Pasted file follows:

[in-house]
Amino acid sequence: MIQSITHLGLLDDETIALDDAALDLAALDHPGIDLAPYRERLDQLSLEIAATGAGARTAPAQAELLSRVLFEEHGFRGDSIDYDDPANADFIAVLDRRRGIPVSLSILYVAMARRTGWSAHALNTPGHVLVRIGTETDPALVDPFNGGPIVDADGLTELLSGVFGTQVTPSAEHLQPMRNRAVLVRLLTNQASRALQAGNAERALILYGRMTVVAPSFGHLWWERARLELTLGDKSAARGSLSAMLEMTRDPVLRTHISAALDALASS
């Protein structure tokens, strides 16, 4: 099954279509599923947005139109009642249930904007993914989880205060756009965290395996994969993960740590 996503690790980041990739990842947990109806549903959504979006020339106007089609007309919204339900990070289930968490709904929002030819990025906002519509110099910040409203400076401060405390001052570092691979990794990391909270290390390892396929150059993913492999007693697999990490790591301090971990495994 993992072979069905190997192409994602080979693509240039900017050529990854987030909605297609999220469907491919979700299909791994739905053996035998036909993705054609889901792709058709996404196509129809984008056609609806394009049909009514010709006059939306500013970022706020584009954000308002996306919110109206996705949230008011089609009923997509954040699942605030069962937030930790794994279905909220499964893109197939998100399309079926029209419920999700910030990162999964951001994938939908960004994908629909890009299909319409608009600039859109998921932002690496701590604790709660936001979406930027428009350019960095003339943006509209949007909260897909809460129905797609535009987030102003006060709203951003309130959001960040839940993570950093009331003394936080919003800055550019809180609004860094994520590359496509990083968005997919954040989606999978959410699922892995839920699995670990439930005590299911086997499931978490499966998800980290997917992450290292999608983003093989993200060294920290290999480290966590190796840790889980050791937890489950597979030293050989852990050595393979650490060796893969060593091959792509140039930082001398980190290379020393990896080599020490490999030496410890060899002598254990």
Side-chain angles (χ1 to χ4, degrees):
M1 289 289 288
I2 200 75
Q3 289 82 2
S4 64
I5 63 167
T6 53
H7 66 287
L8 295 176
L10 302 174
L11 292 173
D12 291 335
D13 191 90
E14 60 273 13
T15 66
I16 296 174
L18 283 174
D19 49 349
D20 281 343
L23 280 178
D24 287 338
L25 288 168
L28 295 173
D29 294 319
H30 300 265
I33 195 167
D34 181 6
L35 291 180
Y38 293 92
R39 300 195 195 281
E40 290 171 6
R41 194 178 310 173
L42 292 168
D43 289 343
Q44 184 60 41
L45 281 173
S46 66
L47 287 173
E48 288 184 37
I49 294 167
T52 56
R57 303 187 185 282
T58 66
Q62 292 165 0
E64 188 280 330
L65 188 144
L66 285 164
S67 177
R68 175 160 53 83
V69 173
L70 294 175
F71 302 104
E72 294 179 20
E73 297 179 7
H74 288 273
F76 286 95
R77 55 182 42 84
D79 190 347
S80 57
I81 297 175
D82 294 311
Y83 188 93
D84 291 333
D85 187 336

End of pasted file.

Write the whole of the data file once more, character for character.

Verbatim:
[in-house]
Amino acid sequence: MIQSITHLGLLDDETIALDDAALDLAALDHPGIDLAPYRERLDQLSLEIAATGAGARTAPAQAELLSRVLFEEHGFRGDSIDYDDPANADFIAVLDRRRGIPVSLSILYVAMARRTGWSAHALNTPGHVLVRIGTETDPALVDPFNGGPIVDADGLTELLSGVFGTQVTPSAEHLQPMRNRAVLVRLLTNQASRALQAGNAERALILYGRMTVVAPSFGHLWWERARLELTLGDKSAARGSLSAMLEMTRDPVLRTHISAALDALASS
């Protein structure tokens, strides 16, 4: 099954279509599923947005139109009642249930904007993914989880205060756009965290395996994969993960740590 996503690790980041990739990842947990109806549903959504979006020339106007089609007309919204339900990070289930968490709904929002030819990025906002519509110099910040409203400076401060405390001052570092691979990794990391909270290390390892396929150059993913492999007693697999990490790591301090971990495994 993992072979069905190997192409994602080979693509240039900017050529990854987030909605297609999220469907491919979700299909791994739905053996035998036909993705054609889901792709058709996404196509129809984008056609609806394009049909009514010709006059939306500013970022706020584009954000308002996306919110109206996705949230008011089609009923997509954040699942605030069962937030930790794994279905909220499964893109197939998100399309079926029209419920999700910030990162999964951001994938939908960004994908629909890009299909319409608009600039859109998921932002690496701590604790709660936001979406930027428009350019960095003339943006509209949007909260897909809460129905797609535009987030102003006060709203951003309130959001960040839940993570950093009331003394936080919003800055550019809180609004860094994520590359496509990083968005997919954040989606999978959410699922892995839920699995670990439930005590299911086997499931978490499966998800980290997917992450290292999608983003093989993200060294920290290999480290966590190796840790889980050791937890489950597979030293050989852990050595393979650490060796893969060593091959792509140039930082001398980190290379020393990896080599020490490999030496410890060899002598254990």
Side-chain angles (χ1 to χ4, degrees):
M1 289 289 288
I2 200 75
Q3 289 82 2
S4 64
I5 63 167
T6 53
H7 66 287
L8 295 176
L10 302 174
L11 292 173
D12 291 335
D13 191 90
E14 60 273 13
T15 66
I16 296 174
L18 283 174
D19 49 349
D20 281 343
L23 280 178
D24 287 338
L25 288 168
L28 295 173
D29 294 319
H30 300 265
I33 195 167
D34 181 6
L35 291 180
Y38 293 92
R39 300 195 195 281
E40 290 171 6
R41 194 178 310 173
L42 292 168
D43 289 343
Q44 184 60 41
L45 281 173
S46 66
L47 287 173
E48 288 184 37
I49 294 167
T52 56
R57 303 187 185 282
T58 66
Q62 292 165 0
E64 188 280 330
L65 188 144
L66 285 164
S67 177
R68 175 160 53 83
V69 173
L70 294 175
F71 302 104
E72 294 179 20
E73 297 179 7
H74 288 273
F76 286 95
R77 55 182 42 84
D79 190 347
S80 57
I81 297 175
D82 294 311
Y83 188 93
D84 291 333
D85 187 336